In yet another repudiation of the Bush administration, President Barack Obama on Monday ordered the government to investigate whether California and other states can set higher auto emission standards than the national limits. He also directed the Transportation Department to work with automakers to make more fuel-efficient cars by the 2011 model year.
Allowing California to adopt its preferred standards – blocked by the Bush administration — could clear the way for Obama and Congress to impose tougher standards nationwide.
Obama tied environmental and energy issues to national security and the economy before signing two orders reversing his predecessor’s policies.
“The days of Washington dragging its heels are over,” Obama said. “My administration will not deny facts; we will be guided by them. We cannot afford to pass the buck or push the burden onto the states.”
The president made his announcement in the East Room, his first appearance in the grand space just off the White House’s front entrance, in front of 100 invited guests representing industry and the environment. Present were officials from the Ocean Conservancy, Wal-Mart, the Sierra Club, and the Auto Alliance. Transportation Secretary Ray LaHood and Environmental Protection Agency chief Lisa Jackson joined the president as he spoke for about 10 minutes and took no questions from reporters.
“No single issue is as fundamental to our future as energy,” Obama said. In terms of national security, he added, “America will not be held hostage to dwindling resources, hostile regimes and a warming planet.”
Obama said that Washington’s “refusal to lead” on climate change had created a “patchwork” of efforts by the states, which is precisely the language the auto lobby used in opposing the California emissions standard.
Chatting with reporters afterward, LaHood downplayed the degree of push-back likely to come from Detroit. “The car manufacturers knew this was coming,” he said. “I don’t think you’re going to see them get a lot of heartburn over this.”
In California, Gov. Arnold Schwarzenegger has lobbied heavily for the change and outlined his request in a letter to the new president last week.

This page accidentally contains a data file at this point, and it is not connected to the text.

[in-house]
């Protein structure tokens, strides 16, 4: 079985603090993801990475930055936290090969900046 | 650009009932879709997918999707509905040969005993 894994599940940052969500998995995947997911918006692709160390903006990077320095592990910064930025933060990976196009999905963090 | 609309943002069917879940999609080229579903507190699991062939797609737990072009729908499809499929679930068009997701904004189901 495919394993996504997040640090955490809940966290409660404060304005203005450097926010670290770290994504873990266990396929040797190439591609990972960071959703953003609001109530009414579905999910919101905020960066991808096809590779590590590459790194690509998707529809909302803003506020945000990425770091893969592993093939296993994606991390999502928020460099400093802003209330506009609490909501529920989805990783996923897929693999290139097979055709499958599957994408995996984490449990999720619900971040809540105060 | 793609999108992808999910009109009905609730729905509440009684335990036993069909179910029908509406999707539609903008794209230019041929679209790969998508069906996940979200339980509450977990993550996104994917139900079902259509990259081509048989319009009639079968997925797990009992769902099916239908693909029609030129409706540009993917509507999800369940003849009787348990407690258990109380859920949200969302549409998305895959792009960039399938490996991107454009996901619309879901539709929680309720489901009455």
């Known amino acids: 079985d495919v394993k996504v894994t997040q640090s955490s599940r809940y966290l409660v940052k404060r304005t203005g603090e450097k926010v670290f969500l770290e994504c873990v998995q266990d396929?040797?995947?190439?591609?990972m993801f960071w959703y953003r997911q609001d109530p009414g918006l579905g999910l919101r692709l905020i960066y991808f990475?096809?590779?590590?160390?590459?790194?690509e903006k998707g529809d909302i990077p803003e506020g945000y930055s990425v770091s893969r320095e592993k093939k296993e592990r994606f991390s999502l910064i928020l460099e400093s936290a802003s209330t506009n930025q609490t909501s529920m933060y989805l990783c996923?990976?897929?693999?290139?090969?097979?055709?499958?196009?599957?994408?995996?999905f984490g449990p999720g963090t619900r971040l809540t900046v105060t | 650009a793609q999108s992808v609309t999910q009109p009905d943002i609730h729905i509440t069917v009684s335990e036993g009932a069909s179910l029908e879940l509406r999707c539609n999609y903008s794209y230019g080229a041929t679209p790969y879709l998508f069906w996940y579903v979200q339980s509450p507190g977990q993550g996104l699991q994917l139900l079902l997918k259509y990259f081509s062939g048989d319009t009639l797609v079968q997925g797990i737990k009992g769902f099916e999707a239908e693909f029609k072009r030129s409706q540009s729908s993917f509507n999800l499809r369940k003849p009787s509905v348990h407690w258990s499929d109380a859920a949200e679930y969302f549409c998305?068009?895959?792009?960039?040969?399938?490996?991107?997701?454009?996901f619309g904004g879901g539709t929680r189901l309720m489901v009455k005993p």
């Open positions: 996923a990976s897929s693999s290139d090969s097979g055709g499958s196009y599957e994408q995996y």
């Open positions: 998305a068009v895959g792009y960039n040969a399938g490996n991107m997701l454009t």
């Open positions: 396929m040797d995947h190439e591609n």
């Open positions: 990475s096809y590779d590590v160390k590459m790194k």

Schwarzenegger, a Republican who is term-limited out in 2010, lavished praise on the new Democratic president.
“With this announcement from President Obama less than a week into his administration, it is clear that California and the environment now have a strong ally in the White House,” Schwarzenegger said in a statement. “Allowing California and other states to aggressively reduce their own harmful vehicle tailpipe emissions would be a historic win for clean air and for millions of Americans who want more fuel-efficient, environmentally-friendly cars.”
At least 13 other states have vowed to adopt similar standards if California wins its waiver and bolsters standards.
Automakers, both foreign and domestic, have argued in the past that California’s proposal could force them to make different car models across the country – a costly proposition, they say.
In a statement, General Motors suggested it’s not ready to go along with state-by-state emissions standards like California’s, saying the company would “support meaningful and workable solutions and targets that benefit consumers from coast to coast.” The company also said any solution must take into account how quickly new technologies can be put into the marketplace, along with “market and economic factors.”
Obama’s order comes as the U.S. auto makers are still struggling to turn themselves around – and places a new burden on them as they fight to survive. GM announced a fresh round of layoffs and factory furloughs on Monday, having already lowered its 2009 sales forecast earlier this monh. Chrysler just asked its dealers to swallow cost cuts in hopes of proving its viability to Congress.
Congress gave GM and Chrysler a combined $13.4 billion in federal loans, and the companies may still ask for more help after March. Both must submit restructuring plans to Congress that convince lawmakers the companies can return to profitability.
A spokesman for Ford Motor Co. referred questions to the Alliance for Automobile Manufacturers, a trade group of 11 auto makers, including all three American companies. The Alliance did not immediately return requests for comment, but in the past the group has opposed California’s proposal.
Jonathan Martin contributed to this story.